Protecting Hawaii’s Sacred Temple — Mauna Kea

Protecting Hawaii’s Sacred Temple — Mauna Kea

Jim Albertini Motion for Dismissal to be heard in Waimea Court Thursday, Jan. 21st at 9AM by Judge Takasse
further contact: Jim Albertini Malu ‘Aina Center For Non-violent Education & Action P.O. Box 489 Ola’a (Kurtistown) Hawai’i 96760 Phone 808-966-7622 Email
Motion for Dismissal is below and attached

James V. Albertini

P.O. Box 489

Kurtistown, Hawaii 96760

Tel. No. (808) 966-7622


pro se Defendant




STATE OF HAWAII ) Case No. 3DCW 15-0001067

Plaintiff )

) April 2, 2015 arrest on Mauna Kea

vs. )




Defendant )


Pro se Defendant James V. Albertini, hereby requests the court to Dismiss with prejudice charges for

my arrest on April 2, 2015 on Mauna Kea Access Rd at the visitor cross walk. On April 2, 2015 I was

charged with obstruction of a roadway 711-1105 in an attempt to stop the imminent desecration of

Hawaii’s most sacred temple – –Mauna a Wakea by Thirty Meter Telescope (TMT) construction crews

and equipment that the Hawaii State Supreme Court ruled on Dec. 2, 2015 was taking place without a

valid permit. It is one of five of the defendants contentions that the Hawaii Supreme Court’s unanimous

decision thereby constituted a legal privilege to stop the illegal construction of TMT and the

desecration of Mauna a Wakea and the charges in this case should be dismissed against me.. Other

points of contention in support of this motion for dismissal are included in the following attachment.

Dated: Hilo, Hawaii, December 28, 2015

By: ________________________

James V. Albertini, Pro se

ATTACHMENT By James V. Albertini Dated Hilo, Hawaii December 28, 2015

The Defendant hereby provides a summary of reasons why the charges should be dismissed.

1. On Dec. 2, 2015 The Hawaii Supreme Court (HSC) ruled 5-0 (SCAP-14-0000873 Civ. No. 13-1-0349) that the TMT CDUA permit is void, because the BLNR granted the permit prior to a contested case ruling, thereby violating the constitutional due process rights of people opposing the construction of TMT. The Supreme Court Chief Justice Mark Recktenwald said: “Quite simply, the board put the cart before the horse when it issued the permit before the request for a contested case hearing was resolved and the hearing was held.” The court also said “the board (of Land and natural Resources) acted in contravention of the protections of Native Hawaiian customs and traditions.” I understand that the word contravention means “violation, infringement, breach, to disobey.”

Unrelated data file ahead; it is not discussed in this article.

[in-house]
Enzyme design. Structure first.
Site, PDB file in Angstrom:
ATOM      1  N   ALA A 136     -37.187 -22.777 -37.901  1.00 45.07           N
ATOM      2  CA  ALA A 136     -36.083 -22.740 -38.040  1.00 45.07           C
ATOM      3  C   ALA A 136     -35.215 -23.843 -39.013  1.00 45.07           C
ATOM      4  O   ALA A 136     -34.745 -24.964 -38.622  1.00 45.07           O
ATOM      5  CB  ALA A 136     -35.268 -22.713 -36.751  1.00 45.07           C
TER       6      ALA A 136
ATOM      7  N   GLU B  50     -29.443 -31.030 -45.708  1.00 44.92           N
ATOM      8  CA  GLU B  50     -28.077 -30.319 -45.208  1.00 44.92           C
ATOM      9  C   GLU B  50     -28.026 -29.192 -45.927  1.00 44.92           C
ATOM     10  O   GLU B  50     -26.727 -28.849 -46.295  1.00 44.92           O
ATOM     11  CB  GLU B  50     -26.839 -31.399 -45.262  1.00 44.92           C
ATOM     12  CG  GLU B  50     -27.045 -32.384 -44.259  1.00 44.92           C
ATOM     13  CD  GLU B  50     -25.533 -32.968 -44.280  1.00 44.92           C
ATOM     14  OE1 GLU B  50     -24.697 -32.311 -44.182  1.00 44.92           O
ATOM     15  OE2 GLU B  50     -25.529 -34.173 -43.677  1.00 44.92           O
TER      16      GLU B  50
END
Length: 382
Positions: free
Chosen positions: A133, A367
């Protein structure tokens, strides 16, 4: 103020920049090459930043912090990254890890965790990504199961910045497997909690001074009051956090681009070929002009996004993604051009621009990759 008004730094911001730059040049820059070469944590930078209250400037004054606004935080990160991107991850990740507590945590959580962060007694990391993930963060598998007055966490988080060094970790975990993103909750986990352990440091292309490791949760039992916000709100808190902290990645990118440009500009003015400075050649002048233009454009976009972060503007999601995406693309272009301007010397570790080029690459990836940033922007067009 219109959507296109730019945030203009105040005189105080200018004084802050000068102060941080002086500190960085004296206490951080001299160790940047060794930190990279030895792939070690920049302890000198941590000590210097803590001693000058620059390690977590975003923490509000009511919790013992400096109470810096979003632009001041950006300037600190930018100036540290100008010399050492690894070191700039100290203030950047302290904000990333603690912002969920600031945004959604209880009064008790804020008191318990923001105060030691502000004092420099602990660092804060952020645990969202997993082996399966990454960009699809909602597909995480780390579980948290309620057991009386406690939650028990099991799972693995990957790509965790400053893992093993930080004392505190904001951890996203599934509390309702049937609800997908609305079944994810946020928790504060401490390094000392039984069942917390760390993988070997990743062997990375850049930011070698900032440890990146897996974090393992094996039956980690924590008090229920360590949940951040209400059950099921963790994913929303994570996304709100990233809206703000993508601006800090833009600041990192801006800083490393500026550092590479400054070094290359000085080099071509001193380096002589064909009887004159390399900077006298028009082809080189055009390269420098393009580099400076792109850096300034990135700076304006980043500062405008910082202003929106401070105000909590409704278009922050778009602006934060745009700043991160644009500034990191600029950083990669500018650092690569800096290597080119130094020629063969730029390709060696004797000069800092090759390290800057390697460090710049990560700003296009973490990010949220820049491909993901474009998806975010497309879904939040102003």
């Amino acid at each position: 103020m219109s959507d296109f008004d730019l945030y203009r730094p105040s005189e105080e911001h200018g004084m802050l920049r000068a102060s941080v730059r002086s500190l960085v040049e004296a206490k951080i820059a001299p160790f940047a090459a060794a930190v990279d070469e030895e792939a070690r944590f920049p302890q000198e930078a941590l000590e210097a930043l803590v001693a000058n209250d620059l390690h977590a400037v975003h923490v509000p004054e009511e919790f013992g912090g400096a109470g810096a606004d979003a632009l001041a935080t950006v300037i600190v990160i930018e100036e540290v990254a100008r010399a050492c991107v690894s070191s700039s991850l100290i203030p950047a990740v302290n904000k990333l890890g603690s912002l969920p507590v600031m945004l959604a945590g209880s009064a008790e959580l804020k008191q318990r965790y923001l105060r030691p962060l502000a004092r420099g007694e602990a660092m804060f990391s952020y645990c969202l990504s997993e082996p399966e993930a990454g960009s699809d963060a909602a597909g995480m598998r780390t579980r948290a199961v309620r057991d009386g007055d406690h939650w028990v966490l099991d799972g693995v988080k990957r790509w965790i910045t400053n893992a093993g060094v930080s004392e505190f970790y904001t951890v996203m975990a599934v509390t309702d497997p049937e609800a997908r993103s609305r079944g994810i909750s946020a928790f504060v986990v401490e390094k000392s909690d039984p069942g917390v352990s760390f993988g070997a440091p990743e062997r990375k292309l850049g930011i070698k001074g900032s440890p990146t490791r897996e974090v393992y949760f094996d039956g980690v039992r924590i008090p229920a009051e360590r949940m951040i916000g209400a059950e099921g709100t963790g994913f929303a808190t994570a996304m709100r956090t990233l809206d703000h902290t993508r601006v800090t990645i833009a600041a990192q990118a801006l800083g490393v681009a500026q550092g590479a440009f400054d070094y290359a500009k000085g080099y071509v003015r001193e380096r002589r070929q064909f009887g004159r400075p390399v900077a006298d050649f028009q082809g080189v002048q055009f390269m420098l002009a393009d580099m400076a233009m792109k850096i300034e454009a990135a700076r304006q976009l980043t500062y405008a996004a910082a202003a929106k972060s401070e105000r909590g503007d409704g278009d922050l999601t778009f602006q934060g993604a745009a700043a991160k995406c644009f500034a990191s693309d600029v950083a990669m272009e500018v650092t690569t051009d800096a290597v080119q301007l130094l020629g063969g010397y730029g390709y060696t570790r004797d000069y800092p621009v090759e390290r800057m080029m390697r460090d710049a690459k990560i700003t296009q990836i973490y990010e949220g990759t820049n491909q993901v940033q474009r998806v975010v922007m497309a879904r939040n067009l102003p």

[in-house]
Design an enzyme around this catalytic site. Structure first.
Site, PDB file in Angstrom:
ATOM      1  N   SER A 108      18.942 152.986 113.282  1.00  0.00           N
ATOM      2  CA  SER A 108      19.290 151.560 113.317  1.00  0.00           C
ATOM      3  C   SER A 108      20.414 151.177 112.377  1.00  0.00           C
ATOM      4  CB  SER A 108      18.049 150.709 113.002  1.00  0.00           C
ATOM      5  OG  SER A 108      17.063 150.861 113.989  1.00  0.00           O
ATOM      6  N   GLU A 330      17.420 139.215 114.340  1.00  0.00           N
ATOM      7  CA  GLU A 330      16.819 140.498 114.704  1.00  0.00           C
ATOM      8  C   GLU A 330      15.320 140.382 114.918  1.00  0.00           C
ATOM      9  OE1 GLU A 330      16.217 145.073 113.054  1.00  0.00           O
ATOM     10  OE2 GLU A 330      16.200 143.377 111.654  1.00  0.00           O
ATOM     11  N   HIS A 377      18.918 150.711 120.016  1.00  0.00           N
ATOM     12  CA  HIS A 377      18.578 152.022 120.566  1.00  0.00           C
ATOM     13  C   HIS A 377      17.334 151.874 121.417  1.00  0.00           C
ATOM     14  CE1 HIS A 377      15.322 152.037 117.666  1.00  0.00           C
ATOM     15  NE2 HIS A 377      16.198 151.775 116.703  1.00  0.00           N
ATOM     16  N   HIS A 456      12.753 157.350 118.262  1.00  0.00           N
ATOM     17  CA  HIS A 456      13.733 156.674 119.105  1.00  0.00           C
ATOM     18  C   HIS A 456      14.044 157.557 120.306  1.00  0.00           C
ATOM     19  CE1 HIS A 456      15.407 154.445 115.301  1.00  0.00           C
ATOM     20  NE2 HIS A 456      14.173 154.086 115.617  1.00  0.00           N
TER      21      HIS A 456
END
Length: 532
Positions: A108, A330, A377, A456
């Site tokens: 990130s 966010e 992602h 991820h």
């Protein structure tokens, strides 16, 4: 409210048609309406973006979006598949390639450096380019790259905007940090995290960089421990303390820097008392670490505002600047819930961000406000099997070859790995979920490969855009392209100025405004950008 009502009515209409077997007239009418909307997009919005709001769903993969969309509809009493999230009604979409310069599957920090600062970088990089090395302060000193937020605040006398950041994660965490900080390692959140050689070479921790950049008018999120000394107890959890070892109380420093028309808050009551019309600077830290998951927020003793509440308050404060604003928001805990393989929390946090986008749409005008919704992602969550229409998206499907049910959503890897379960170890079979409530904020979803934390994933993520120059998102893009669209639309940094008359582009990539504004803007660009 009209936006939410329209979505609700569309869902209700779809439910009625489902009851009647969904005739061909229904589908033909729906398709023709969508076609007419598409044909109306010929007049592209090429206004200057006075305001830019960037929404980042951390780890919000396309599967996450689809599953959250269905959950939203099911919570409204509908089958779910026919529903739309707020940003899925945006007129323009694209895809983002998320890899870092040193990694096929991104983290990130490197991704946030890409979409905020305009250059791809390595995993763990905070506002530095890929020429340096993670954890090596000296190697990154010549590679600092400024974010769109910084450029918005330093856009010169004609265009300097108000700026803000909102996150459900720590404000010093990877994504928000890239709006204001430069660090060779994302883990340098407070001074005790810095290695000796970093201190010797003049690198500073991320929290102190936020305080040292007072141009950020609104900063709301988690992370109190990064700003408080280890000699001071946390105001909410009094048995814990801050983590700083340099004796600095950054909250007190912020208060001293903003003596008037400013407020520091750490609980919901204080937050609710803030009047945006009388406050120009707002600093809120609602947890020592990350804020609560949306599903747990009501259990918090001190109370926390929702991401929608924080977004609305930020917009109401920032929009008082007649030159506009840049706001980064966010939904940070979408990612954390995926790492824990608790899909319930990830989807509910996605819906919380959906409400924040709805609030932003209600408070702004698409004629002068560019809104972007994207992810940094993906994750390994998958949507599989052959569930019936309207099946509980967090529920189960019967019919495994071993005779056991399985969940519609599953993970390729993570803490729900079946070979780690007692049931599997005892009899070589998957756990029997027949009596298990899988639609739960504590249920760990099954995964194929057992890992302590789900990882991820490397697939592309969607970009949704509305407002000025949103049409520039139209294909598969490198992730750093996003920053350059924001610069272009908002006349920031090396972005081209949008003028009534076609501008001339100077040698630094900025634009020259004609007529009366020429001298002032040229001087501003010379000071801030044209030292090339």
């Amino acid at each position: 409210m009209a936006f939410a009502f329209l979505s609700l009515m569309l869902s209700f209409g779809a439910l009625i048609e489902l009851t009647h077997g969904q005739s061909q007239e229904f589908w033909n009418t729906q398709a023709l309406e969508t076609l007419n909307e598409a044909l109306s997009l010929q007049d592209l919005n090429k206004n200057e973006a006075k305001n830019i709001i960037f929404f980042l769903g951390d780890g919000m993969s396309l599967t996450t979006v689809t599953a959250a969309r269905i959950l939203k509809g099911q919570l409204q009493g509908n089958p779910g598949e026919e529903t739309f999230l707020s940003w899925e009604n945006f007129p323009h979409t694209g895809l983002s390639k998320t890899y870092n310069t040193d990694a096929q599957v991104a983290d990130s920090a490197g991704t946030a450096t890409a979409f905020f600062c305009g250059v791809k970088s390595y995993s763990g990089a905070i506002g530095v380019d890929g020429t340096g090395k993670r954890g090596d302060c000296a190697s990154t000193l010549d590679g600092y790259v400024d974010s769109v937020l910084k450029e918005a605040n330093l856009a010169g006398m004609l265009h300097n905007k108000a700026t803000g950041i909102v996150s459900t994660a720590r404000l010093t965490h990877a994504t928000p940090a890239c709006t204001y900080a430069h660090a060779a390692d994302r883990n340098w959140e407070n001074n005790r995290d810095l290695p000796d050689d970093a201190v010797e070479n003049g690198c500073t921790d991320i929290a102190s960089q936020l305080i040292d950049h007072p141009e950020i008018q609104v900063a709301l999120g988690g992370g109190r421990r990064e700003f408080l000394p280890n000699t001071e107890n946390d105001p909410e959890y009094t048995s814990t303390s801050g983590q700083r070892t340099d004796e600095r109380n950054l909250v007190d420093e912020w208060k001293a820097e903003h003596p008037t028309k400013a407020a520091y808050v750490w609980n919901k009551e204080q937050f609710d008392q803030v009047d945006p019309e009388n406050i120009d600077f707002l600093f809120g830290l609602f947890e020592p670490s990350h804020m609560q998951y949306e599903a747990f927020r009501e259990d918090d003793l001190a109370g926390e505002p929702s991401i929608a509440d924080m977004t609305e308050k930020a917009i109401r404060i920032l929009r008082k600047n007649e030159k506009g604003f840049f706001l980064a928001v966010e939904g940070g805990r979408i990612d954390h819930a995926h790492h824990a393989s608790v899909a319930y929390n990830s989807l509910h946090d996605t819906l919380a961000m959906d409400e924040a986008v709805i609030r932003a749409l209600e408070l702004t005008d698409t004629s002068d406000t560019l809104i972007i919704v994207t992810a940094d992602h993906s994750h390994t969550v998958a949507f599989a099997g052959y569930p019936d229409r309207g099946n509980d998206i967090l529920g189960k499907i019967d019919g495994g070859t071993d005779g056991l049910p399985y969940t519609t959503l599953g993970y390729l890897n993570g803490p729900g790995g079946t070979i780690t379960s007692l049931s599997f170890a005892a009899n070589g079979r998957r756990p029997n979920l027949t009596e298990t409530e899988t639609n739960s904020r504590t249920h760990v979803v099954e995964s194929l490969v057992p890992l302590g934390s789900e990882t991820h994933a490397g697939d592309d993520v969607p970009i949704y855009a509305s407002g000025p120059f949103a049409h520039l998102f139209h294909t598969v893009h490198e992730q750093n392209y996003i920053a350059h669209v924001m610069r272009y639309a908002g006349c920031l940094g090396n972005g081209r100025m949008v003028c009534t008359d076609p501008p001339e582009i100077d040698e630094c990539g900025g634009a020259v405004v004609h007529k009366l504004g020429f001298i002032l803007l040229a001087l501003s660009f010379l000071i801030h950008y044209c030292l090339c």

The April 2, 2015 obstruction charges should be dismissed because the protectors were exercising first amendment rights to assemble and protest an illegal act from causing imminent desecration (711-1107) to Hawaii's most sacred temple --Mauna a Wakea. The HSC decision  in essence conveys a legal privilege to stop illegal construction of TMT.
The TMT illegal permit had everything to do with the charges of obstructing a roadway for which the Mauna Kea protectors have been charged. If TMT had not been attempting to irreparably damage and  desecrate sacred Mauna Kea with bulldozers, Mauna Kea protectors would not have been gathering to protest that desecration and to protect the Mauna. ( “Choice of Evils” under 703-302 ) 
Had the TMT consortium waited until the Supreme Court could decide the appeal, the status quo would have been maintained and no confrontation would have ensued.  TMT chose to initiate construction while litigation was still pending.  The validity of the permit was the central issue in the appeal.  TMT created the confrontation in April and in June by its premature initiation of construction. And they did so with the advice of the Attorney General, the Governor, the BLNR, University officials, Office of Mauna Kea Management, all of whom, along with TMT officials, should be held accountable for desecration (711-1107) of Hawaii's most sacred temple – Mauna a Wakea.  I look to this prosecutor and this court and ask --When will such charges be brought?
The choice presented to the Protectors of the Mountain was to either allow the construction to go forward based on a permit granted in violation of the Protectors’ constitutional rights or engage in non-violent peaceful protest to protect the Sacred Mauna. Clearly there was No Criminal intent - Those who acted to protect the Mauna had a sincere belief that the construction permit was illegally issued and that the bulldozing and construction constituted imminent desecration under 711-1107